--Five institutions in the New York City area have joined to form the New York Structural Genomics Research Consortium, which will develop techniques to streamline every step of structural genomics. The consortium expects to solve several hundred protein structures from humans and model organisms ranging from bacteria to humans. (Stephen K. Burley, The Rockefeller University)
--The Midwest Center for Structural Genomics, a consortium of seven institutions, seeks to reduce the average cost to determine a protein structure from $100,000 to $20,000. The group will select protein targets from all three kingdoms of life (Eukarya, Archaea, and Bacteria), with an emphasis on previously unknown folds and on proteins from disease-causing organisms. (Andrzej Joachimiak, Argonne National Laboratory)
--The Structural Genomic Center aims to speed up structure determination by X-ray crystallography. It will focus on two bacteria with extremely small genomes to study proteins essential for independent life. The bacteria, "Mycoplasma genitalium" and "Mycoplasma pneumoniae", are closely related. The former contains the smallest genome of any free-living organism and infects the human genital and respiratory tracts. The latter causes a form of pneumonia. (Sung-Hou Kim, Lawrence Berkeley National Laboratory)
--Researchers in New Jersey, New York, Connecticut, Washington State, and Ontario, Canada have formed the Northeast Structural Genomics Consortium, which will target proteins from various model organisms--including the fruit fly, yeast, and the roundworm--and related human proteins. This consortium will use both X-ray crystallography and NMR spectroscopy to determine protein structures. (Gaetano Montelione, Rutgers University)
--A collaboration of scientists in six countries have formed the TB Structural Genomics Consortium to determine and analyze the structures of about 400 proteins from "Mycobacterium tuberculosis". The group seeks to optimize the technical and managerial underpinnings of high-throughput structure determination and will develop a database of structures and functions. NIH's National Institute of Allergy and Infectious Diseases, which is cofunding this project with NIGMS, anticipates that this information also will lead to the design of new and improved drugs and vaccines for tuberculosis. (Thomas Terwilliger, Los Alamos National Laboratory)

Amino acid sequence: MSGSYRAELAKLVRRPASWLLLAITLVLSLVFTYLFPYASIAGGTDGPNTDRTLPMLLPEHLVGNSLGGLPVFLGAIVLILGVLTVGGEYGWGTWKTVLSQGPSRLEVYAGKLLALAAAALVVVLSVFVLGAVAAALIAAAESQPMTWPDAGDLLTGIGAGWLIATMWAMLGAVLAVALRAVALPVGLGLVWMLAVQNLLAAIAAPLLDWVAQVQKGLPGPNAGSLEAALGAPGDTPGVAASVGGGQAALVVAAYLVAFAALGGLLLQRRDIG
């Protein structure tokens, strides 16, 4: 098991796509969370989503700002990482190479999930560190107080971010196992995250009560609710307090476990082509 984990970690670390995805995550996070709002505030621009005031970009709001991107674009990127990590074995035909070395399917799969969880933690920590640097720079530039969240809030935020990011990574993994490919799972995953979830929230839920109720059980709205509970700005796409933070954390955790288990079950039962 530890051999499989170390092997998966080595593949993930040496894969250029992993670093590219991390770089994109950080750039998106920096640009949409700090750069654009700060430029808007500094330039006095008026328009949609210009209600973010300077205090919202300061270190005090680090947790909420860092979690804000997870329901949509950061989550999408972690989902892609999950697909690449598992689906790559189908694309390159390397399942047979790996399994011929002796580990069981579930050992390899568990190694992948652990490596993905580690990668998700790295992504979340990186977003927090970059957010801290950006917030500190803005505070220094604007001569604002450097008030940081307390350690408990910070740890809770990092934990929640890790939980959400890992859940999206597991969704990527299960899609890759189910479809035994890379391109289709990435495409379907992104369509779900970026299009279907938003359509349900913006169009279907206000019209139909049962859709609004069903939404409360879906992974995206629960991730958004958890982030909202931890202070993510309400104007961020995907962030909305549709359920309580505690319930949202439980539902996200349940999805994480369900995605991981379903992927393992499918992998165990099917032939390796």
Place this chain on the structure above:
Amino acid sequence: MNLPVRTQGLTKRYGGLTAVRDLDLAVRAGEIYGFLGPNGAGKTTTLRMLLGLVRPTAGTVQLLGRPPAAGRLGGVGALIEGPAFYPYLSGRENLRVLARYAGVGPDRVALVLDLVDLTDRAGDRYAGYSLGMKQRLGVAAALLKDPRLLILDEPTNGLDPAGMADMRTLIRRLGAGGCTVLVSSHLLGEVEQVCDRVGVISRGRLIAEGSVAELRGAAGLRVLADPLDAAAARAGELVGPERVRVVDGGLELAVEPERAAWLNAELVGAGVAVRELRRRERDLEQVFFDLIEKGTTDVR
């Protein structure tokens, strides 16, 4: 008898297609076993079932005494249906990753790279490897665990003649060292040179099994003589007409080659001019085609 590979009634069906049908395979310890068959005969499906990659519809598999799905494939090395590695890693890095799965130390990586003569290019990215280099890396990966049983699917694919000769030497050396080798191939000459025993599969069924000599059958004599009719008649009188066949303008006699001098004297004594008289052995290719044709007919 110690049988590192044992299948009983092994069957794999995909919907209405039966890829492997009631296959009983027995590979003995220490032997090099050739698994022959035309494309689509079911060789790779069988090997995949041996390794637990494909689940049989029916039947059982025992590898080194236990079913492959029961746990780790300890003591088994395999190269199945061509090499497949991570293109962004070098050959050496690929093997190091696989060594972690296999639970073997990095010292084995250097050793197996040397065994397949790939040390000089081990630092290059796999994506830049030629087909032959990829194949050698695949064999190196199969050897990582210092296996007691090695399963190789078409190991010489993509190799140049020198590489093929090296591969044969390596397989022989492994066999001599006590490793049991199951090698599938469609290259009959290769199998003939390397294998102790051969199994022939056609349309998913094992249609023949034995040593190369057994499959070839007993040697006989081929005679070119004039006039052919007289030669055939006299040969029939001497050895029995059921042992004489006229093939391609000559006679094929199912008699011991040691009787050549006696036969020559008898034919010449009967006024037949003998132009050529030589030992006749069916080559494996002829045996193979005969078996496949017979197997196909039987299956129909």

--The Southeast Collaboratory for Structural Genomics, with its core in Georgia and Alabama, will analyze part of the human genome and the entire genomes of two representative organisms--the roundworm "Caenorhabditis elegans" and its more primitive microbial ancestor, "Pyrococcus furiosus". The group emphasizes technology development, especially for automated crystallography and NMR techniques. (Bi-Cheng Wang, University of Georgia)
--The Joint Center for Structural Genomics, centered in California, is developing high-throughput methods for protein production, crystallization, and structure determination. It will initially focus on novel structures from "C. elegans" and on human proteins thought to be involved in cell signaling. It will also determine the structures of similar proteins from other organisms to ensure the inclusion of the greatest number of different protein folds. (Ian Wilson, The Scripps Research Institute)
To arrange an interview with Dr. Marvin Cassman, NIGMS Director, or with Dr. John Norvell, director of the Protein Structure Initiative, call Alisa Machalek in the NIGMS Office of Communications and Public Liaison at (301) 496-7301.
Alisa Zapp Machalek
More information about the NIGMS Protein Structure Initiative is available at http://www.nih.gov/nigms/funding/psi.html.